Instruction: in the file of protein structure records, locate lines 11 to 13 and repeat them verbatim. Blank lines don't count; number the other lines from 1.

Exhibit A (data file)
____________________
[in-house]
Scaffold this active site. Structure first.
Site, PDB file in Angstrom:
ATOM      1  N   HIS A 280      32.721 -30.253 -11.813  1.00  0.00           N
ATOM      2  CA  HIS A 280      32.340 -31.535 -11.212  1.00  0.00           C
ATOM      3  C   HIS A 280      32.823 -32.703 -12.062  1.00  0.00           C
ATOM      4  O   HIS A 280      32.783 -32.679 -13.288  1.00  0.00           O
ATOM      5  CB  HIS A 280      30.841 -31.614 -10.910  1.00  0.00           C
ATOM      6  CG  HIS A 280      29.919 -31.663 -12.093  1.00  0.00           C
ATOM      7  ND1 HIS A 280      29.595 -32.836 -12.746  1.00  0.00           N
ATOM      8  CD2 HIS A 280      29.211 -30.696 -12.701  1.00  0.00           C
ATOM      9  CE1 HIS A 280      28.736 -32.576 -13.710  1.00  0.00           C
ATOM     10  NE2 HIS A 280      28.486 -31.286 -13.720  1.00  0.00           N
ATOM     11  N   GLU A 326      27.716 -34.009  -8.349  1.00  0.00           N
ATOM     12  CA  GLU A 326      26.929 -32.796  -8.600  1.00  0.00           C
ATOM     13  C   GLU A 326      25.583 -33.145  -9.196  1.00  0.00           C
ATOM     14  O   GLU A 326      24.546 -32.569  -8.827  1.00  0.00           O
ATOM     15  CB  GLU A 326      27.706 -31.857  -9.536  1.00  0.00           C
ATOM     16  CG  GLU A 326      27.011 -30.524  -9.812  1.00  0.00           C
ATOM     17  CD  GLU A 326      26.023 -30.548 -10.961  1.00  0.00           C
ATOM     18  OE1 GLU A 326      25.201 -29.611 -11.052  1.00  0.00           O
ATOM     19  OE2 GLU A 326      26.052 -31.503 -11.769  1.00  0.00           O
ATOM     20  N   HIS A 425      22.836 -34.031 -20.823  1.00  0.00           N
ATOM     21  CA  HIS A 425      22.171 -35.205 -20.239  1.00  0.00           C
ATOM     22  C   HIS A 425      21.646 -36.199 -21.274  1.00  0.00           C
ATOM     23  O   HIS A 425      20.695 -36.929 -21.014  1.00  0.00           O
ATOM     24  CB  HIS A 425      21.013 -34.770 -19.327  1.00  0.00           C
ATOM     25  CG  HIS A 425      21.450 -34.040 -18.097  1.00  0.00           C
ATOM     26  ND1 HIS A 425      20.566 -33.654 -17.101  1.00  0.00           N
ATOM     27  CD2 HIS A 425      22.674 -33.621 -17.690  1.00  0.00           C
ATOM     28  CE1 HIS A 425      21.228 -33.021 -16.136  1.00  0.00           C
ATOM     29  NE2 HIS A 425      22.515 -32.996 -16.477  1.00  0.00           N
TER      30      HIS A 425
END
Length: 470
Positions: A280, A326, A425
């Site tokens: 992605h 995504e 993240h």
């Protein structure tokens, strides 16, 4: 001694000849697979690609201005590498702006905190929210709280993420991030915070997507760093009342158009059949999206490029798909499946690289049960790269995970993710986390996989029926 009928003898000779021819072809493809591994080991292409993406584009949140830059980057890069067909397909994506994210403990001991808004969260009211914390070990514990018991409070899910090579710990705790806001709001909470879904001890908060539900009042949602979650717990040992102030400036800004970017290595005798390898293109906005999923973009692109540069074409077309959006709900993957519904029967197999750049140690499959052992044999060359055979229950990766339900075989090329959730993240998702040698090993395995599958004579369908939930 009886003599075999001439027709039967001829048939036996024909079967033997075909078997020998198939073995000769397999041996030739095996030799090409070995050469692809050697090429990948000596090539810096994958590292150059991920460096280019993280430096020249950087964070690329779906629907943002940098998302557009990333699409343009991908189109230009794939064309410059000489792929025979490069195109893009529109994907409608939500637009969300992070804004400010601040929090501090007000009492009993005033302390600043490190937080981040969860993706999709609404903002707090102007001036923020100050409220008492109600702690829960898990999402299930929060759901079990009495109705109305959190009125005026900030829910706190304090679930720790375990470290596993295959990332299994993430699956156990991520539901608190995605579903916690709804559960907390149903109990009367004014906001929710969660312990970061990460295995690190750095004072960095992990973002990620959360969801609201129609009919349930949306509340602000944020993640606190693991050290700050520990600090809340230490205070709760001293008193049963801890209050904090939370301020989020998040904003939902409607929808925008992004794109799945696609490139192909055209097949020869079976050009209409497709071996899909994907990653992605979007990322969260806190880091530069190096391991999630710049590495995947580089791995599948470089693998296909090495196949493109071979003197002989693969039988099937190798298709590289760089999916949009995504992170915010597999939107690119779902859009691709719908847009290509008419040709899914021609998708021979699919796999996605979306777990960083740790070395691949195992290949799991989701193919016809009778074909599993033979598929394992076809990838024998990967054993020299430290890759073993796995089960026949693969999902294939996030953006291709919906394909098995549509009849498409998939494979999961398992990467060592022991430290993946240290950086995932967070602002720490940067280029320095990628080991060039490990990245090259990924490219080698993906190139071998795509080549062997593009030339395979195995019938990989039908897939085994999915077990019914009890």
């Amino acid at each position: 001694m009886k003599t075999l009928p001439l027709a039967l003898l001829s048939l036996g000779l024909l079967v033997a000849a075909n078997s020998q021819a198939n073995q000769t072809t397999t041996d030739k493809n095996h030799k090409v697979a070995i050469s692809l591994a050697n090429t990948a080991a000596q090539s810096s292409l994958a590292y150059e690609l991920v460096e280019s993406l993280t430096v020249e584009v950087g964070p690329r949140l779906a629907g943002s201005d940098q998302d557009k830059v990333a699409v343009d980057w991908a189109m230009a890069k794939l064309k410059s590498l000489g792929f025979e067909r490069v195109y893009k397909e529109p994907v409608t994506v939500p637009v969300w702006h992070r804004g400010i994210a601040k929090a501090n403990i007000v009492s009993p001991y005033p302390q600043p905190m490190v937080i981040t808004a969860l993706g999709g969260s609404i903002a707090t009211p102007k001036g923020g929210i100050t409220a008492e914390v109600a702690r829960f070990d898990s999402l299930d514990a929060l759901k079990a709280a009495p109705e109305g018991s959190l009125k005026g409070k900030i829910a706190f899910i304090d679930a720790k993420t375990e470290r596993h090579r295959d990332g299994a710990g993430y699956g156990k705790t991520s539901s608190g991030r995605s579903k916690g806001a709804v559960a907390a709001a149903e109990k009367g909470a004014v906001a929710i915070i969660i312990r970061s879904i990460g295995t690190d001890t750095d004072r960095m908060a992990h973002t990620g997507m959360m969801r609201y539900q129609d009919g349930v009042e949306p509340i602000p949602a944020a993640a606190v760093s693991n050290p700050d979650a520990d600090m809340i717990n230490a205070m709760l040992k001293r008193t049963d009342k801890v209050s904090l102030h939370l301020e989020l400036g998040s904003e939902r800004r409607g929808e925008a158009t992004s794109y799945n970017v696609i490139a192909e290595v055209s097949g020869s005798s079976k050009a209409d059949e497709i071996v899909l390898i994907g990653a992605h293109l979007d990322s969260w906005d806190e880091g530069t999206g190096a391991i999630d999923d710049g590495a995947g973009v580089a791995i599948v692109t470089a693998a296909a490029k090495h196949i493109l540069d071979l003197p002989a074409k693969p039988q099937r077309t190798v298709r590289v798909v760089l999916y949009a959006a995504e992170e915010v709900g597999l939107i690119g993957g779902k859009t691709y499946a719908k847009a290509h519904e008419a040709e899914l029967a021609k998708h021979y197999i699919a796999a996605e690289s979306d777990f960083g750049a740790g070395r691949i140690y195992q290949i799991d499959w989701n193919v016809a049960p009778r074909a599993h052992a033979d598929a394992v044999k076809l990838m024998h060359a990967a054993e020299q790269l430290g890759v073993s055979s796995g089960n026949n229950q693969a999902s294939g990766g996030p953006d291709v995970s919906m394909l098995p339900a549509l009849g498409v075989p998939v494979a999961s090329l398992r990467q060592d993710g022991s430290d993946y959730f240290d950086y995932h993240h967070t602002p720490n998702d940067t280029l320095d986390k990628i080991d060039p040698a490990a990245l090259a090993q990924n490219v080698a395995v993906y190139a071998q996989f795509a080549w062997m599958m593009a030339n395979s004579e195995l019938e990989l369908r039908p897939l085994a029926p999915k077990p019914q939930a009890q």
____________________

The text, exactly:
ATOM      8  CD2 HIS A 280      29.211 -30.696 -12.701  1.00  0.00           C
ATOM      9  CE1 HIS A 280      28.736 -32.576 -13.710  1.00  0.00           C
ATOM     10  NE2 HIS A 280      28.486 -31.286 -13.720  1.00  0.00           N